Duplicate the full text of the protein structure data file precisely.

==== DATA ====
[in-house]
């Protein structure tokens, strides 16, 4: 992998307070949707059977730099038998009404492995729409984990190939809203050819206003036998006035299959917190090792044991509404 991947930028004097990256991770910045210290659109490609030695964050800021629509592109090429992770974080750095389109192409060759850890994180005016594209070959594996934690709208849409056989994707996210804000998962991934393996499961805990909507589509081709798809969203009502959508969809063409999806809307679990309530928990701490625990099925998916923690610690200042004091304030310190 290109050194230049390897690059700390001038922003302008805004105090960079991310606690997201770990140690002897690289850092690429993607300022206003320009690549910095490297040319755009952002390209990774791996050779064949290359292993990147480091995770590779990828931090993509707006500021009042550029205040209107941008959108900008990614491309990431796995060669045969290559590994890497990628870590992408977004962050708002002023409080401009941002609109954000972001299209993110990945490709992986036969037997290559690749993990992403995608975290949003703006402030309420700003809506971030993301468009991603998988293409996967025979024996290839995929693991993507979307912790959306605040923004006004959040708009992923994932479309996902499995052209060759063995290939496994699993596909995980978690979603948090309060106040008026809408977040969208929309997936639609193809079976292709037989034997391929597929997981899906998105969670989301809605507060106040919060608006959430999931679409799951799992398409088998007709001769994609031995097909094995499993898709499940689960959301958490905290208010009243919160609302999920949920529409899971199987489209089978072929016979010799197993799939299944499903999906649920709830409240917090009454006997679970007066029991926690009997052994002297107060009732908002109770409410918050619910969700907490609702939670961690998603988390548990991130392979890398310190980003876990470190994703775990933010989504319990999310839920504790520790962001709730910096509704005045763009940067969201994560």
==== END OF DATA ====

[in-house]
């Protein structure tokens, strides 16, 4: 992998307070949707059977730099038998009404492995729409984990190939809203050819206003036998006035299959917190090792044991509404 991947930028004097990256991770910045210290659109490609030695964050800021629509592109090429992770974080750095389109192409060759850890994180005016594209070959594996934690709208849409056989994707996210804000998962991934393996499961805990909507589509081709798809969203009502959508969809063409999806809307679990309530928990701490625990099925998916923690610690200042004091304030310190 290109050194230049390897690059700390001038922003302008805004105090960079991310606690997201770990140690002897690289850092690429993607300022206003320009690549910095490297040319755009952002390209990774791996050779064949290359292993990147480091995770590779990828931090993509707006500021009042550029205040209107941008959108900008990614491309990431796995060669045969290559590994890497990628870590992408977004962050708002002023409080401009941002609109954000972001299209993110990945490709992986036969037997290559690749993990992403995608975290949003703006402030309420700003809506971030993301468009991603998988293409996967025979024996290839995929693991993507979307912790959306605040923004006004959040708009992923994932479309996902499995052209060759063995290939496994699993596909995980978690979603948090309060106040008026809408977040969208929309997936639609193809079976292709037989034997391929597929997981899906998105969670989301809605507060106040919060608006959430999931679409799951799992398409088998007709001769994609031995097909094995499993898709499940689960959301958490905290208010009243919160609302999920949920529409899971199987489209089978072929016979010799197993799939299944499903999906649920709830409240917090009454006997679970007066029991926690009997052994002297107060009732908002109770409410918050619910969700907490609702939670961690998603988390548990991130392979890398310190980003876990470190994703775990933010989504319990999310839920504790520790962001709730910096509704005045763009940067969201994560």